This is Part Three in a short series of trip reports aboard European ultra-low-cost carriers. To view Part One, click…
What It’s Like to Fly the 737 MAX Post-Grounding
On Tuesday, Boeing’s beleaguered 737 MAX took to the skies again in the U.S. with paying passengers onboard. American Airlines became the first U.S. operator to place the type back into revenue service with a flight from Miami International Airport to New York’s LaGuardia Airport.
Other U.S. airlines are planning on launching 737 MAX flights in the coming months. United is planning on restarting MAX services on Feb. 11, 2021, while Alaska Airlines, which recently placed an order for an additional 23 aircraft, will resume services on March 1. Southwest Airlines hasn’t specified a restart date yet but is planning on reintroducing the aircraft sometime in the first half of 2021.
American is actively worked to reactivate several of its 737 MAX towards the tail-end of the grounding. The Federal Aviation Administration (FAA) lifted the grounding order earlier this month.
Currently, American has 1,400 pilots with the required training to operate the MAX with the company hoping all its 737 type-rated pilots will have the training in March. Twenty-four out of the 31 American MAX jets also have the required software upgrades, American Airlines President Robert Isom said during a press conference prior to the flight.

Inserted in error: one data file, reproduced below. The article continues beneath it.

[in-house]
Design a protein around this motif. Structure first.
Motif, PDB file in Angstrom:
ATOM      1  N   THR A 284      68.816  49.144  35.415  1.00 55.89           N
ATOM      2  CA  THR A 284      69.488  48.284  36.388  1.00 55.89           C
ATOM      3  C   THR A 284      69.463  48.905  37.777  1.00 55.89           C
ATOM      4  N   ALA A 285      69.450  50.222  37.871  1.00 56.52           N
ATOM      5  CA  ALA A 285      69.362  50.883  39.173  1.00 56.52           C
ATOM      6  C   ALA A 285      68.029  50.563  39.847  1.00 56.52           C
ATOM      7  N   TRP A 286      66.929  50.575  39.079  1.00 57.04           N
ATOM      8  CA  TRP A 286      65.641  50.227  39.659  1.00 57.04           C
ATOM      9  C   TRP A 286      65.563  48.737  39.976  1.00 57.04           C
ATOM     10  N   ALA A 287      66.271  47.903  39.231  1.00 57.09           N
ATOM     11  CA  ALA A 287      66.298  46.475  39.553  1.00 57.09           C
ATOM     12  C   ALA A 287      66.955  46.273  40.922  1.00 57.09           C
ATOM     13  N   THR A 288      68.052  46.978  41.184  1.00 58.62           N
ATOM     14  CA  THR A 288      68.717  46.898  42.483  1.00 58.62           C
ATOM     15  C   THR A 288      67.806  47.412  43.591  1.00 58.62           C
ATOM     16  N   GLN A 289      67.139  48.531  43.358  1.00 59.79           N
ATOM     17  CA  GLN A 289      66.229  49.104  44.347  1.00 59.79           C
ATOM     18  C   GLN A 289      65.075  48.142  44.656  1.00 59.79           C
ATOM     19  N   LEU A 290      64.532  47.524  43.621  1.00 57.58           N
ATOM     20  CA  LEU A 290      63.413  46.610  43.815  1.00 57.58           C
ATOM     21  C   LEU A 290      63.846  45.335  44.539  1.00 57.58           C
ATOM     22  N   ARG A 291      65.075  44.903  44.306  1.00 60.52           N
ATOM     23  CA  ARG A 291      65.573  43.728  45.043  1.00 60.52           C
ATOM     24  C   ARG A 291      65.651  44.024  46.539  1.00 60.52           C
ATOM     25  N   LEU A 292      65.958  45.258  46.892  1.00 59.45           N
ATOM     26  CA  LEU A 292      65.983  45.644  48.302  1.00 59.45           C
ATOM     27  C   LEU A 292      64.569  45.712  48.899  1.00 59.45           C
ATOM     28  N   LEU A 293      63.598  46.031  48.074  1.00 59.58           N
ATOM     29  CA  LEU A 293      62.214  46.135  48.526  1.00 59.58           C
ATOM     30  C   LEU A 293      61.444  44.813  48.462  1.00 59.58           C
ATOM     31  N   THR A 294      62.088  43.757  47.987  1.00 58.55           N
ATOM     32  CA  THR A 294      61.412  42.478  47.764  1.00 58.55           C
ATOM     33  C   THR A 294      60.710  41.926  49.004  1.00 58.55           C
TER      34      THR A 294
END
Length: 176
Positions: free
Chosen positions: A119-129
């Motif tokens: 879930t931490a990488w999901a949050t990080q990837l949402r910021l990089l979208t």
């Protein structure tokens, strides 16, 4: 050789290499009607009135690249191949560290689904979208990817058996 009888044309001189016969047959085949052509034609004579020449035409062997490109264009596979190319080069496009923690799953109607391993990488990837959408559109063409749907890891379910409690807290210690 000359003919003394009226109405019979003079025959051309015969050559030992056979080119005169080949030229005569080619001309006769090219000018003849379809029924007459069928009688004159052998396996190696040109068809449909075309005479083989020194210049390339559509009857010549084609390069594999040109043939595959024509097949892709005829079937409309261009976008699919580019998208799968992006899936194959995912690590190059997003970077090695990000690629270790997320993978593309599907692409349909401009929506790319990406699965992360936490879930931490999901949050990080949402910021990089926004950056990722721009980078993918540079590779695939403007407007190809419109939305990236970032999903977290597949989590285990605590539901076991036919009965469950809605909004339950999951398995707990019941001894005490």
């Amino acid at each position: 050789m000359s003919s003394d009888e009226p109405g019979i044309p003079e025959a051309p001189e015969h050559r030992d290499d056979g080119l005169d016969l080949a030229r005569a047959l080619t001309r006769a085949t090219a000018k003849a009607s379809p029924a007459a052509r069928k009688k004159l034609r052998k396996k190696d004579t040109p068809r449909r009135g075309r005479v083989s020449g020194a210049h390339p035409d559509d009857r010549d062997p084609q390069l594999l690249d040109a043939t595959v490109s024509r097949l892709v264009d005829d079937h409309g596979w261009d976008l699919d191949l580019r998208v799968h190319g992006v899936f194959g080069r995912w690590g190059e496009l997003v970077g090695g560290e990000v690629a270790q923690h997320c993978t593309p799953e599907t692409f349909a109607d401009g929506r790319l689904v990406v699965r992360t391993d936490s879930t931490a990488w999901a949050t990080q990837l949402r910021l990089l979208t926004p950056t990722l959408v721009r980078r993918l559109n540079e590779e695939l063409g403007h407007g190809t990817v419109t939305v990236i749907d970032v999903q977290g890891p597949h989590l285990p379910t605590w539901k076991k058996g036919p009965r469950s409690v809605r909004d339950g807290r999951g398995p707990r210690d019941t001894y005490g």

Why Fly the MAX?
American flight 718 was operated by N314RH — a two-year-old 737 MAX. The jet itself rested in both Roswell, N.M. and Tulsa, Okla. during the grounding period.
I opted to take this flight for two reasons. First, I had never been on a 737 MAX before the grounding, so this seemed like a unique opportunity. Second, I wanted to give others a bode of confidence in the jet. While it may indeed have a checkered past, global aviation regulators and carriers have worked tirelessly to return the aircraft to service. The MAX — among other types such as Airbus’ A320neo — will define the aviation market for years to come.
Prior to the flight, I was asked to appear on the Today Show and CBS This Morning to talk about why I opted to take the first revenue flight. Of course, the prevailing question was, “Are you apprehensive to fly the airplane?”
My short answer was and still is, “No, not at all.” For what its worth, I grew up around aviation and have studied it closely in a variety of settings. And I’ve seen first hand how seriously safety is taken from both the regulatory and operations sides of the house.
The FAA, along with other regulators, would not have green-lighted the aircraft’s return to service if it meant risking their respective safety cultures. It’s unfortunate, but much of aviation safety today is written in the blood of past accidents, and the MAX debacle is no exception.
Nevertheless, our flight left for New York around 10:30 a.m. On the morning of departure, there were approximately 75 people booked on the flight. Of course, airline employees wanted to partake, meaning there were plenty of non-revenue passengers on the flight as well. American Airlines President Robert Isom, along with several management pilots, sat in economy.